Let's talk about Screen Time - Part Two
This is Part Two and the final in this series. Part One can be found here. Charlotte continues to answer my questions.
2. You have four children, how does screen time work in your house, are there different rules for each child?
I have to say at this point that I am not unrealistic about the use of technology now within everyday life, but I do think that children’s exposure to it can wait. We still have one tv in our house and it is still capable of playing dvds, although as explained before no longer has the capacity to show terrestrial channels. It was surprising how quickly our eldest two children adapted to the terrestrial television being switched off over a year ago now and the pair of them will sometimes go for weeks, especially in the summer, and not watch it or even ask for it at all. Occasionally they will ask to watch something and so we take them to a local library and let them choose something from the children’s section that they would each like to watch. When we get home they agree which film to watch first and then watch one film one day and the next another. We restrict the time the telly is on for, between 40 minutes to an hour and a half, about the length of a child’s film and then when the film/programme is over one of them will usually get up from where they are sitting and switch off the set by the wall plug themselves. When the television is on either myself or my husband is downstairs with them and one of us takes our youngest two children upstairs to another part of the house to play where there is no television. This type of situation usually only happens around once or twice a month.
My eldest two, J, nearly 7, and A, almost 5, also go to the cinema with my husband during school holidays to see a movie whilst I stay at home with my youngest two, F, 2 and S, 8 months. F and S don’t have any exposure to screens at all at present and so I keep them away from them. None of our children have ever played computer games and are not allowed on the home computer at present as we believe them to be too young, agreeing that children are better equipped to handle computers when between the ages of 9-10 years at least.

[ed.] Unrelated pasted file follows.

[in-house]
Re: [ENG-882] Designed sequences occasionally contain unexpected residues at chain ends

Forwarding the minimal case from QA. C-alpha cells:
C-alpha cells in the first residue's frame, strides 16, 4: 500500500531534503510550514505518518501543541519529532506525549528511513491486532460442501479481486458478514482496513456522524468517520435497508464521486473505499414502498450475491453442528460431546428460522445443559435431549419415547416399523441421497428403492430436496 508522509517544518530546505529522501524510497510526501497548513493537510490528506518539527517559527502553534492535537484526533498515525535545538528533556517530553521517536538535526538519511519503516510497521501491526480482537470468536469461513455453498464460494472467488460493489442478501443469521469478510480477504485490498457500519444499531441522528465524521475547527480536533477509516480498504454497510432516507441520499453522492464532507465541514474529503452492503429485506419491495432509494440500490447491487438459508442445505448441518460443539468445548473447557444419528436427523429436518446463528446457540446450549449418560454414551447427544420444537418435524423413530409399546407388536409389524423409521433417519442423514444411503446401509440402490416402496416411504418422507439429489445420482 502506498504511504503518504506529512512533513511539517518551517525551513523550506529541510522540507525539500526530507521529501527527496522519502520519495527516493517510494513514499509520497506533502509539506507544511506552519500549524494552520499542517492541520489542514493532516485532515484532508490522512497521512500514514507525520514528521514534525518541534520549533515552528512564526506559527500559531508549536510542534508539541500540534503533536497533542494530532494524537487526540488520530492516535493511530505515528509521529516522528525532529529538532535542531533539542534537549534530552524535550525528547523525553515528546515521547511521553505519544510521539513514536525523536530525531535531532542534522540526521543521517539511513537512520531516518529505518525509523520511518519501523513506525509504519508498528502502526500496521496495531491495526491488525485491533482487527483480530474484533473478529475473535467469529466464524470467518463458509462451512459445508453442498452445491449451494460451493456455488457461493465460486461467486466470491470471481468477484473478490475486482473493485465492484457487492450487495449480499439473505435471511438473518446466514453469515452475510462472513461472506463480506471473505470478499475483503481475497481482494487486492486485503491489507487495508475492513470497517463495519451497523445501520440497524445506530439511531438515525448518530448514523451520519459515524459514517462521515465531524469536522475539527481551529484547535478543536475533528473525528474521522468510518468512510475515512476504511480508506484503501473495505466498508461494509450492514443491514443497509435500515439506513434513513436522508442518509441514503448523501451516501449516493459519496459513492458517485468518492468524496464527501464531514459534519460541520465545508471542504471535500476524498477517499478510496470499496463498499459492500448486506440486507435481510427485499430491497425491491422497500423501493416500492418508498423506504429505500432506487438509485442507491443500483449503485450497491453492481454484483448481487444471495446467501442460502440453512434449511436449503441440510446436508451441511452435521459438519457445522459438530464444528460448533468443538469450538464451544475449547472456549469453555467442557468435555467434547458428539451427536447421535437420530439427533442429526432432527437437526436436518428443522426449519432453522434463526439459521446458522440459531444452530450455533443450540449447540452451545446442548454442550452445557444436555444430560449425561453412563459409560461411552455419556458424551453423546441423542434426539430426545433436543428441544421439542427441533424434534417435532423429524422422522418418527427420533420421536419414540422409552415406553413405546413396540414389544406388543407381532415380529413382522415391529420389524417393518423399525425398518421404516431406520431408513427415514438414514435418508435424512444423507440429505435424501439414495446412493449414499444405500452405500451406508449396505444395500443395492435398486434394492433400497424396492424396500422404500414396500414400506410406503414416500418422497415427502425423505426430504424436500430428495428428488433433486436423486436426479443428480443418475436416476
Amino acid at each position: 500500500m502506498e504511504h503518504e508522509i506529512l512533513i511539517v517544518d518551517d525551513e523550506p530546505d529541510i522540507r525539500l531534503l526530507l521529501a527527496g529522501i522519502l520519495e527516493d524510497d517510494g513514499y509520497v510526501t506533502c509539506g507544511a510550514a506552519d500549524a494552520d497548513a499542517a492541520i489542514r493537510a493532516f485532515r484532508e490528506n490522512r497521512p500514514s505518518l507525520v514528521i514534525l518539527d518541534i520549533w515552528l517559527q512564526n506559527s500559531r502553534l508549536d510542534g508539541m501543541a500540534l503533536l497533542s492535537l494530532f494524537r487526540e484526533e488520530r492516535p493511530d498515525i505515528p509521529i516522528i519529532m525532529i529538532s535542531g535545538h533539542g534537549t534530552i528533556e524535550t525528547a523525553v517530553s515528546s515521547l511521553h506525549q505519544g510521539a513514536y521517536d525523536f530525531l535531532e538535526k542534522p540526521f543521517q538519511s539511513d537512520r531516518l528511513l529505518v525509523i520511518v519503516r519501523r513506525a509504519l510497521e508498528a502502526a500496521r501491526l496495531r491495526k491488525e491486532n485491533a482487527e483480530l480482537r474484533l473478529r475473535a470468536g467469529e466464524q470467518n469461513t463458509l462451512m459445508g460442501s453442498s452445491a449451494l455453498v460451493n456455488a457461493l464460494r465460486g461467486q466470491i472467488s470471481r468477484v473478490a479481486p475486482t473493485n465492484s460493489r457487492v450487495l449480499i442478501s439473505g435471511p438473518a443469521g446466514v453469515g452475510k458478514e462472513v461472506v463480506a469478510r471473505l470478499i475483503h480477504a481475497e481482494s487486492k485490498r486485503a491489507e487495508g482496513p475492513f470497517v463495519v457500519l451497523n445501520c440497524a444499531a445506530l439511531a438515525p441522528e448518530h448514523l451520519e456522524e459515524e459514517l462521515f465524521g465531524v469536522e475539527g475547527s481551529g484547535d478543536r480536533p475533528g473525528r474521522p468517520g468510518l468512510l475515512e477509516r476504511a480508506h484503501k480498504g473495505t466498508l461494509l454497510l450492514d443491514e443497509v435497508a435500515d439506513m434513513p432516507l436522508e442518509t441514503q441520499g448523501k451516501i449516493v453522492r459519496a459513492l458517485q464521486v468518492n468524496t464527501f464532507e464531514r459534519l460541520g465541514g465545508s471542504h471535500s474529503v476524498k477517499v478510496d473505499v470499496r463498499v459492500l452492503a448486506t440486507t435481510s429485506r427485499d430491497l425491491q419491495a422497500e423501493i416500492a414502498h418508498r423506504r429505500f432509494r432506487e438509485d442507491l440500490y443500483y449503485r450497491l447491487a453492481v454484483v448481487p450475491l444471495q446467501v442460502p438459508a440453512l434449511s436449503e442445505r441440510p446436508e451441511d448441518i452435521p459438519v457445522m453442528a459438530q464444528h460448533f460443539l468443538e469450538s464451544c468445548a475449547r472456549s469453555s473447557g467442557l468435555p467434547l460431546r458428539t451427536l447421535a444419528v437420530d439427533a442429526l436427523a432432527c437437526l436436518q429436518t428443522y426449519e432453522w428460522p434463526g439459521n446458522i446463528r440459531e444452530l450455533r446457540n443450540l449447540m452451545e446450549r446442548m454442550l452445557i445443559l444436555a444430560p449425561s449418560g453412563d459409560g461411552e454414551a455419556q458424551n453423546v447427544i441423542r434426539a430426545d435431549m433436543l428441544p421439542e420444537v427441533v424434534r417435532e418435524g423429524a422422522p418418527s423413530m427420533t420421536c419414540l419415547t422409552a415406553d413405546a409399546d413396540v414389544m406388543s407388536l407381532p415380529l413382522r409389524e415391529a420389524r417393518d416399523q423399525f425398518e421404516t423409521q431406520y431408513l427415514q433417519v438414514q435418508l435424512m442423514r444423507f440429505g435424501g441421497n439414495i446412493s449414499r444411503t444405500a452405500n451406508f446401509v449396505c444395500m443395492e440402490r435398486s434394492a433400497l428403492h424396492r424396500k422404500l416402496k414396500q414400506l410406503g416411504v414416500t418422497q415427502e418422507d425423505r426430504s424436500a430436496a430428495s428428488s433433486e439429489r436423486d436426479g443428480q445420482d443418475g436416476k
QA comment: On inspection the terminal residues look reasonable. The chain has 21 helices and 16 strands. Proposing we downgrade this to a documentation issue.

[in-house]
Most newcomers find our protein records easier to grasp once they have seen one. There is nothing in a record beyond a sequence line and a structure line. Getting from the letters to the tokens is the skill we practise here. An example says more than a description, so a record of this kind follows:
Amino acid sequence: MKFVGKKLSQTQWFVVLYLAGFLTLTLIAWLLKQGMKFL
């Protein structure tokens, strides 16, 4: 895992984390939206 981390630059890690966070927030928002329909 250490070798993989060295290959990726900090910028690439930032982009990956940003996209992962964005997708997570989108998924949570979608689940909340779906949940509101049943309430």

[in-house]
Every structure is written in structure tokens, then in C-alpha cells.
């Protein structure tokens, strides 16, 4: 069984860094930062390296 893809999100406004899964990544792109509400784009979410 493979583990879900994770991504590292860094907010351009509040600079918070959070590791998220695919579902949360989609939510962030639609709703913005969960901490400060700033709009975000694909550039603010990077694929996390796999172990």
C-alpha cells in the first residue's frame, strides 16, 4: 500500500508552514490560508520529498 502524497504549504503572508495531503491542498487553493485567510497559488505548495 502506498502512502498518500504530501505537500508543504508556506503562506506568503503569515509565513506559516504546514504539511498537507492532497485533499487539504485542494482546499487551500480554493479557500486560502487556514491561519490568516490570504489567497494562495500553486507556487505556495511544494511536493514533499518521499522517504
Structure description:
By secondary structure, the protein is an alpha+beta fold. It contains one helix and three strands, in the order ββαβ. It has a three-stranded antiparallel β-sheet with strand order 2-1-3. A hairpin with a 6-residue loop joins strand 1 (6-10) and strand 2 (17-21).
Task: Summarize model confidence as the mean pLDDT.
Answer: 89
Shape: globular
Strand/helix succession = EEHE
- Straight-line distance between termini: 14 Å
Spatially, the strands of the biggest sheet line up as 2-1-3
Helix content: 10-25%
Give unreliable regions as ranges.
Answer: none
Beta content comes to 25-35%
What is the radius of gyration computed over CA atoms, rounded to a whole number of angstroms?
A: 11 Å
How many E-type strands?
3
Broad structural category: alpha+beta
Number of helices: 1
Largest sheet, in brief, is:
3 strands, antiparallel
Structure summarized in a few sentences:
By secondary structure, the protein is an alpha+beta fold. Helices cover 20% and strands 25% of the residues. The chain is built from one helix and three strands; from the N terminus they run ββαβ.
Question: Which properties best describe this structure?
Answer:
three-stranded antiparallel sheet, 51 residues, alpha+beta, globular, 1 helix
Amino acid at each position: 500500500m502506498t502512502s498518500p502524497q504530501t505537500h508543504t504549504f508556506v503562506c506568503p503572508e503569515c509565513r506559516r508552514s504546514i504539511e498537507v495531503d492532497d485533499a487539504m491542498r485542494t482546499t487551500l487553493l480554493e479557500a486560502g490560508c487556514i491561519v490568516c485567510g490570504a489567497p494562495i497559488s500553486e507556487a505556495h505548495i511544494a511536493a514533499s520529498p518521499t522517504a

We do have a laptop but when it is not in use it can be closed and placed up on a shelf out of the way. Since we have done this myself and my husband have noticed greater creativity and spontaneity in what our children do and we both really feel we are encouraging the use of their imagination more.
3. How do you handle outside pressures?
More and more in the U.K., where we live, there are screens everywhere, in banks, in restaurants, hotels, and bizarrely, in indoor children’s play areas. My solution to this is to physically avoid them where I can. If in the bank I face the buggy with my two youngest two away from the screens, and I just don’t go to play areas where they are overbearing. When it is unavoidable, like for example, at my local dentists where there is an enormous television screen in the waiting room, (which completely negates the presence of the toys and board books that have been carefully placed) I simply ask the receptionist if I can switch it off. The staff here have never refused my request.
The other outside situation where screens pop up is at friend’s houses. I think whether this is a problem or not really depends on the friends that you have. For example, I have a friend who doesn’t like her son playing with toy guns so I make sure I put any we have away before she and her son arrive. When I go round to her house she switches her tv and computer off. We both, at separate times, politely asked if this could be the case and we respect each other’s wishes. If you have friends who don’t respect how you wish to raise your child/children then are they really worth having as friends?
4. Finally, any tips for me or other parents struggling with this issue?